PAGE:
“The name called will report to Officer Westminster for transport. Remember that good behavior is rewarded. You are given food, clothing and beds and you have the opportunity to better yourselves by having your name in the selection, but these can be revoked. Strive to be good and your name might be called.” Another long pause and Silas thought he heard someone give a frustrated sigh. “This week’s name is Emily Fo-ax”
“Faux,” some girl said, but it wasn’t Emily. Emily was squealing and was surrounded by a group of girls hugging her and stroking her back. Malina stood in her place, shoulders dropped. Two of the guards, both from the servant class Ajax who had somehow managed to work higher than their station normally allowed, walked over to Emily and escorted her away.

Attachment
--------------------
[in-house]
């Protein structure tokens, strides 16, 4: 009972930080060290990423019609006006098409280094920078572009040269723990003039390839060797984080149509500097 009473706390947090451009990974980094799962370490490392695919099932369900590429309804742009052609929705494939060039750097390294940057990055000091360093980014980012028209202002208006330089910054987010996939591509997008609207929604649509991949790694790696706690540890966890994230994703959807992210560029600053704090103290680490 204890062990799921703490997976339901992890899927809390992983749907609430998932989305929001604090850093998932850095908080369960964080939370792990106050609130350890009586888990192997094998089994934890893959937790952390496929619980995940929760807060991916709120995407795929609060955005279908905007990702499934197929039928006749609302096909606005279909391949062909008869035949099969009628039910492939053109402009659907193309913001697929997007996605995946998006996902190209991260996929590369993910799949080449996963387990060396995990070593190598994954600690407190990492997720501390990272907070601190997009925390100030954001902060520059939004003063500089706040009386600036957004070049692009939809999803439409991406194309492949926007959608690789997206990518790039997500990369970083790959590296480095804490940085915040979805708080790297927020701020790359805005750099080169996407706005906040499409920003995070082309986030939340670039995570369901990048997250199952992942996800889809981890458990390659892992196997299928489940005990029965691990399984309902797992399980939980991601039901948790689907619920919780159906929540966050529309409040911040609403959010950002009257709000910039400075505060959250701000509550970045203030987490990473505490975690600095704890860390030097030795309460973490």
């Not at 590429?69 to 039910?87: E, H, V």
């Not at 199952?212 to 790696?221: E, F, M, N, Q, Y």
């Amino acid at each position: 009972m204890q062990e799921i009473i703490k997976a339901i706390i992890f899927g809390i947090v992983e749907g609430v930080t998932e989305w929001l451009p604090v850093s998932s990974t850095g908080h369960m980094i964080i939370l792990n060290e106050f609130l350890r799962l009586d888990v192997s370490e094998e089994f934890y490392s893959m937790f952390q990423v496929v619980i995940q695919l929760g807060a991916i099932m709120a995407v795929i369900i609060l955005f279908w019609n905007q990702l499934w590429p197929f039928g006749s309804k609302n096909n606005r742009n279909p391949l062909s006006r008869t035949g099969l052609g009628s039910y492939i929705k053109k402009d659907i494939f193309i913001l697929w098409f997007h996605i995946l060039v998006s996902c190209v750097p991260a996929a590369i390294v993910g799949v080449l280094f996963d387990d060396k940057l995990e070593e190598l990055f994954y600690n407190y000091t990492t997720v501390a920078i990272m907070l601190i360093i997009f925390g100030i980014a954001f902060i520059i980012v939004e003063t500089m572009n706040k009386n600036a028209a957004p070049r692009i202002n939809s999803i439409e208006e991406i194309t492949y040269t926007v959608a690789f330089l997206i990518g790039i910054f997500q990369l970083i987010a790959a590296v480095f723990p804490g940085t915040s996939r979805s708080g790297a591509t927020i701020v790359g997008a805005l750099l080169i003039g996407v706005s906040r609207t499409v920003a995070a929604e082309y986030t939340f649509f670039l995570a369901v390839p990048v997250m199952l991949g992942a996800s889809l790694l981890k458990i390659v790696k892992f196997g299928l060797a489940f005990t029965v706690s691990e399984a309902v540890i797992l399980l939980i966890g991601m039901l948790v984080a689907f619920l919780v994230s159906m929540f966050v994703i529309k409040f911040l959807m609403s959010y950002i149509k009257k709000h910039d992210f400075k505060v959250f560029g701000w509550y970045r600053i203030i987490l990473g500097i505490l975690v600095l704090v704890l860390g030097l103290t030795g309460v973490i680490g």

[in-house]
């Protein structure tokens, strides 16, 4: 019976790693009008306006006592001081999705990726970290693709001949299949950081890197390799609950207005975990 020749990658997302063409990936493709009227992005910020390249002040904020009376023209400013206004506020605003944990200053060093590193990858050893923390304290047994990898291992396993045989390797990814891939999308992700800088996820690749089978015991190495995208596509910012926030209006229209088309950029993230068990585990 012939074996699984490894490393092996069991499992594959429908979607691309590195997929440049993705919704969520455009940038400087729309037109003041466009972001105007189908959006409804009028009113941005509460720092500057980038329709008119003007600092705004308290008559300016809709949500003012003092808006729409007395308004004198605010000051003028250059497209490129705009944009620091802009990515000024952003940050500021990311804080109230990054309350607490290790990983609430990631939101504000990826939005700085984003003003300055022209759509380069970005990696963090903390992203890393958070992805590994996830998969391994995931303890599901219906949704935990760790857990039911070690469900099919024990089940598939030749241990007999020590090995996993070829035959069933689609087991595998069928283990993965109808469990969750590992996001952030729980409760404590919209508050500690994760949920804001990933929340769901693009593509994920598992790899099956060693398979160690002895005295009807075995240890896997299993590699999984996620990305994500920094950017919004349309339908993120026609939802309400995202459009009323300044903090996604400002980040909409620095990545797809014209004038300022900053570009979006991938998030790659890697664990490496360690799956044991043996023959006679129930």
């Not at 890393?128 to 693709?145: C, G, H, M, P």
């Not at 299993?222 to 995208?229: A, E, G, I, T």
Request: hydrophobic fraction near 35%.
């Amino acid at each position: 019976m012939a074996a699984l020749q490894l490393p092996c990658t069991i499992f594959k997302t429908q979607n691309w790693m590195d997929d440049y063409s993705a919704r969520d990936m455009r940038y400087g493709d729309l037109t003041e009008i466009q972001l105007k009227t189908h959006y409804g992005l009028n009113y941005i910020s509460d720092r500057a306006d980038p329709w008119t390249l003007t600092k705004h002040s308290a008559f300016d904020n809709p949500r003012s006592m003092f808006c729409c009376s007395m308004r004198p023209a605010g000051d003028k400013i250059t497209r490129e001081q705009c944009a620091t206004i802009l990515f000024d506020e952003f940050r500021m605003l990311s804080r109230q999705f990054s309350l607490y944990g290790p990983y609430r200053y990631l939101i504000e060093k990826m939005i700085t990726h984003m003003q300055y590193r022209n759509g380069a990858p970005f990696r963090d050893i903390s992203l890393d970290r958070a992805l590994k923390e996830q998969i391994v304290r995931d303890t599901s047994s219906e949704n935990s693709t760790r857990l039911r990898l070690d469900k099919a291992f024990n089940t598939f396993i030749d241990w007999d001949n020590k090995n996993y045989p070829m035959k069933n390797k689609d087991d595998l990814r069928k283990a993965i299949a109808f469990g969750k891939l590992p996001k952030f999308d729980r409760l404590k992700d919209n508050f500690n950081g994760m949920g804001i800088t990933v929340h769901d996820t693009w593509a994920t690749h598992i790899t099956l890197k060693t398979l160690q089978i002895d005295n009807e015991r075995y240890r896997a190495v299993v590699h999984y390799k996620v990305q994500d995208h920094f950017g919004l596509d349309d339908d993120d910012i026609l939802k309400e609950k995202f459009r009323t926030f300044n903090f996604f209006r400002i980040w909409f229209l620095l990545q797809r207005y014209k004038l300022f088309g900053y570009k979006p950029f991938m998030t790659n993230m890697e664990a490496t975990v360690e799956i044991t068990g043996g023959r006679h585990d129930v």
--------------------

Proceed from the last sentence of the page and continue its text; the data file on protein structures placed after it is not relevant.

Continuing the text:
“That is all,” the speaker said and everyone started to mill around.
Silas walked slowly over to Malina. He kept his gaze on the new boys and as he got within hearing distance he asked, “Are you okay?”
She was silent. He wasn’t sure if she hadn’t heard him or was just trying to calm her emotions. But then she sighed.
“Emily is a year younger than I am. They aren’t going to pick me.” Her tone was quiet, almost resigned.
“You don’t know that.”
“Every morning I wake up and think that they’ve come for me, only one day they will. I can’t live like this. I almost wish they’d take me today.” Malina’s words grew steadily louder. Out of the corner of his eye, Silas saw one of the guards turn to face them. His heart beat faster and he knew she’d act recklessly in her current state.
“What if we did something?” he asked quietly hoping she would match his tone.
“Escape.” The word was out before Silas could think it.
Malina didn’t move and he almost wished he hadn’t said anything. It was a stupid idea.
“Are you going to be ok?”
She just nodded, her loose hair covering her face. Her breathing was back to normal and she didn’t have the wild look in her eyes.